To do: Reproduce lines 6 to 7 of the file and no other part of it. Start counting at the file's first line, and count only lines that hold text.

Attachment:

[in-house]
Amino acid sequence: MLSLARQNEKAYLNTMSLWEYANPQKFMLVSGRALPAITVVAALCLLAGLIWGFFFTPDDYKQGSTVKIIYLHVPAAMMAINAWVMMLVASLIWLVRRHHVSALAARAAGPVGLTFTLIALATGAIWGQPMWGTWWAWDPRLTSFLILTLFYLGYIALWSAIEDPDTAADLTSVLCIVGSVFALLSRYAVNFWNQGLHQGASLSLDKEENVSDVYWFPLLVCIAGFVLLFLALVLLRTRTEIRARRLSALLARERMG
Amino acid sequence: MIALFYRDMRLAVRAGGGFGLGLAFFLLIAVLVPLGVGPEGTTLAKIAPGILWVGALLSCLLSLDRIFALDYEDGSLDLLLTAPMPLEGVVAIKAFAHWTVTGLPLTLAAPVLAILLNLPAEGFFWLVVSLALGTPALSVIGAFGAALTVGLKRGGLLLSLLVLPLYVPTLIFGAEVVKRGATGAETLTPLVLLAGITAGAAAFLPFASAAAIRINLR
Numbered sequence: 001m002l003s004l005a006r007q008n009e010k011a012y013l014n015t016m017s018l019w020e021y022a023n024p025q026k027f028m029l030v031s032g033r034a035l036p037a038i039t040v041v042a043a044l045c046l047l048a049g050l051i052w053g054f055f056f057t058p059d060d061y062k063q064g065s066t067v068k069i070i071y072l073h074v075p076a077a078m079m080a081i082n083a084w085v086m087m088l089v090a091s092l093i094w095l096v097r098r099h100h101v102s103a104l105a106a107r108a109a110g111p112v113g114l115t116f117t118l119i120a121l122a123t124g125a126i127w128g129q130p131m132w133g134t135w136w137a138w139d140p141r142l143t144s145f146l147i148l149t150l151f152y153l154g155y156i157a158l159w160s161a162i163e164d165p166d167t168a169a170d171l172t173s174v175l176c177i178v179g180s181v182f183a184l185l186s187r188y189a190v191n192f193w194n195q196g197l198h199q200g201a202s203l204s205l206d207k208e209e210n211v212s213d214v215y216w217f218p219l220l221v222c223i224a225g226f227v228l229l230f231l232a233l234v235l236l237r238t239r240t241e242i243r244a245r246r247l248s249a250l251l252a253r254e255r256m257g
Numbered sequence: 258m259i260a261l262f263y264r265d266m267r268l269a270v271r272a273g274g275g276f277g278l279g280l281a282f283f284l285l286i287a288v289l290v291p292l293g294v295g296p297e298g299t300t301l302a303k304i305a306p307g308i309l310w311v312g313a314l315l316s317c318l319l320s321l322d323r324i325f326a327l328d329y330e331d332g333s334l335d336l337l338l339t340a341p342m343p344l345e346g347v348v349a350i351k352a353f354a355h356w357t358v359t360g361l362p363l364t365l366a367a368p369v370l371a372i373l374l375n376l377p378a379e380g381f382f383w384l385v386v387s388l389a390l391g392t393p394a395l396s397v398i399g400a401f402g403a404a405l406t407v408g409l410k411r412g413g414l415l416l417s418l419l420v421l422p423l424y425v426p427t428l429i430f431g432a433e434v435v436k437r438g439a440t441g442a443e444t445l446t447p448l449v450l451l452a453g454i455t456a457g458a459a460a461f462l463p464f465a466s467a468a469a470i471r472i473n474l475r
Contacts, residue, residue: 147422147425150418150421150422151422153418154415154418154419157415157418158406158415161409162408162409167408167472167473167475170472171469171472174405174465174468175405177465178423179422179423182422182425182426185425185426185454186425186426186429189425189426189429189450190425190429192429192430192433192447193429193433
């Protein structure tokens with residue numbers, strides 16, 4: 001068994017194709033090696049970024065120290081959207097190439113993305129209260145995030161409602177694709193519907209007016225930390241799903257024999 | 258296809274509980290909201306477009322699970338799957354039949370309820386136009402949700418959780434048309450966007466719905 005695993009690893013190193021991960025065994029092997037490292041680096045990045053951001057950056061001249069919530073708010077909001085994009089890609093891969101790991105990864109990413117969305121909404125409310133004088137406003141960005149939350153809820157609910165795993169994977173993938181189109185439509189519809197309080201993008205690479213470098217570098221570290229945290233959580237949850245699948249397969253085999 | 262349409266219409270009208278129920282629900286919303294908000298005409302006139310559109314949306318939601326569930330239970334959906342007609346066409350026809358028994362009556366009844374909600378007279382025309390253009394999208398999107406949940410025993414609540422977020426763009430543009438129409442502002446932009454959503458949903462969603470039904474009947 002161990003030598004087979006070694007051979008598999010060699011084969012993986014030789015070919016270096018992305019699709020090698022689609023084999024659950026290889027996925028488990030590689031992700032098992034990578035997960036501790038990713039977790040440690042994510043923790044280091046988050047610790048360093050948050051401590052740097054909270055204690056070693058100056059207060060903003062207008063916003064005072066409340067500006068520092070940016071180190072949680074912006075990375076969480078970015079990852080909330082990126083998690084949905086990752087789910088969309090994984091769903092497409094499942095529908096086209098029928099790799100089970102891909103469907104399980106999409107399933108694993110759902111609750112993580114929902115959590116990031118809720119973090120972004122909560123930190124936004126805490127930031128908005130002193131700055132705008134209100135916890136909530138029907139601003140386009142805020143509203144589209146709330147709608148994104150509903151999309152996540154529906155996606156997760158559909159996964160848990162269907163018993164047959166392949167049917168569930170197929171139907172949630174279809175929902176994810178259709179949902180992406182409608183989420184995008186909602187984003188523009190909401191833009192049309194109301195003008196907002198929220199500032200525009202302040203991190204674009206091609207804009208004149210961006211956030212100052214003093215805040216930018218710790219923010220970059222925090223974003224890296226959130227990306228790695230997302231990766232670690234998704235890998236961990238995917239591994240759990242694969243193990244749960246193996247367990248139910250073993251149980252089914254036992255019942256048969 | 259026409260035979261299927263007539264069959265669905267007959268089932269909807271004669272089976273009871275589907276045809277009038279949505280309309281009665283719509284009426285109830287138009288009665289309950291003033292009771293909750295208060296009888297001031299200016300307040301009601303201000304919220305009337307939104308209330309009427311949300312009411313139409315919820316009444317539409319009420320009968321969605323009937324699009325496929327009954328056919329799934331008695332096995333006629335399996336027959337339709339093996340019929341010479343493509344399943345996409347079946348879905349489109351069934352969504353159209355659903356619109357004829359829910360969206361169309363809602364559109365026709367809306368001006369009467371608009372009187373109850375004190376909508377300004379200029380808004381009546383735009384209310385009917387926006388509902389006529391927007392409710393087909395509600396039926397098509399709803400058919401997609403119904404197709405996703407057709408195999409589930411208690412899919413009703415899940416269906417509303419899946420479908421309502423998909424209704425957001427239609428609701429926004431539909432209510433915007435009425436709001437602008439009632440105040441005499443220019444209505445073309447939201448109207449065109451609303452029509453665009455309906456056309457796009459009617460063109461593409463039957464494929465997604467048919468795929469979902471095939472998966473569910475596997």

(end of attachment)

Contacts, residue, residue: 147422147425150418150421150422151422153418154415154418154419157415157418158406158415161409162408162409167408167472167473167475170472171469171472174405174465174468175405177465178423179422179423182422182425182426185425185426185454186425186426186429189425189426189429189450190425190429192429192430192433192447193429193433
């Protein structure tokens with residue numbers, strides 16, 4: 001068994017194709033090696049970024065120290081959207097190439113993305129209260145995030161409602177694709193519907209007016225930390241799903257024999 | 258296809274509980290909201306477009322699970338799957354039949370309820386136009402949700418959780434048309450966007466719905 005695993009690893013190193021991960025065994029092997037490292041680096045990045053951001057950056061001249069919530073708010077909001085994009089890609093891969101790991105990864109990413117969305121909404125409310133004088137406003141960005149939350153809820157609910165795993169994977173993938181189109185439509189519809197309080201993008205690479213470098217570098221570290229945290233959580237949850245699948249397969253085999 | 262349409266219409270009208278129920282629900286919303294908000298005409302006139310559109314949306318939601326569930330239970334959906342007609346066409350026809358028994362009556366009844374909600378007279382025309390253009394999208398999107406949940410025993414609540422977020426763009430543009438129409442502002446932009454959503458949903462969603470039904474009947 002161990003030598004087979006070694007051979008598999010060699011084969012993986014030789015070919016270096018992305019699709020090698022689609023084999024659950026290889027996925028488990030590689031992700032098992034990578035997960036501790038990713039977790040440690042994510043923790044280091046988050047610790048360093050948050051401590052740097054909270055204690056070693058100056059207060060903003062207008063916003064005072066409340067500006068520092070940016071180190072949680074912006075990375076969480078970015079990852080909330082990126083998690084949905086990752087789910088969309090994984091769903092497409094499942095529908096086209098029928099790799100089970102891909103469907104399980106999409107399933108694993110759902111609750112993580114929902115959590116990031118809720119973090120972004122909560123930190124936004126805490127930031128908005130002193131700055132705008134209100135916890136909530138029907139601003140386009142805020143509203144589209146709330147709608148994104150509903151999309152996540154529906155996606156997760158559909159996964160848990162269907163018993164047959166392949167049917168569930170197929171139907172949630174279809175929902176994810178259709179949902180992406182409608183989420184995008186909602187984003188523009190909401191833009192049309194109301195003008196907002198929220199500032200525009202302040203991190204674009206091609207804009208004149210961006211956030212100052214003093215805040216930018218710790219923010220970059222925090223974003224890296226959130227990306228790695230997302231990766232670690234998704235890998236961990238995917239591994240759990242694969243193990244749960246193996247367990248139910250073993251149980252089914254036992255019942256048969 | 259026409260035979261299927263007539264069959265669905267007959268089932269909807271004669272089976273009871275589907276045809277009038279949505280309309281009665283719509284009426285109830287138009288009665289309950291003033292009771293909750295208060296009888297001031299200016300307040301009601303201000304919220305009337307939104308209330309009427311949300312009411313139409315919820316009444317539409319009420320009968321969605323009937324699009325496929327009954328056919329799934331008695332096995333006629335399996336027959337339709339093996340019929341010479343493509344399943345996409347079946348879905349489109351069934352969504353159209355659903356619109357004829359829910360969206361169309363809602364559109365026709367809306368001006369009467371608009372009187373109850375004190376909508377300004379200029380808004381009546383735009384209310385009917387926006388509902389006529391927007392409710393087909395509600396039926397098509399709803400058919401997609403119904404197709405996703407057709408195999409589930411208690412899919413009703415899940416269906417509303419899946420479908421309502423998909424209704425957001427239609428609701429926004431539909432209510433915007435009425436709001437602008439009632440105040441005499443220019444209505445073309447939201448109207449065109451609303452029509453665009455309906456056309457796009459009617460063109461593409463039957464494929465997604467048919468795929469979902471095939472998966473569910475596997």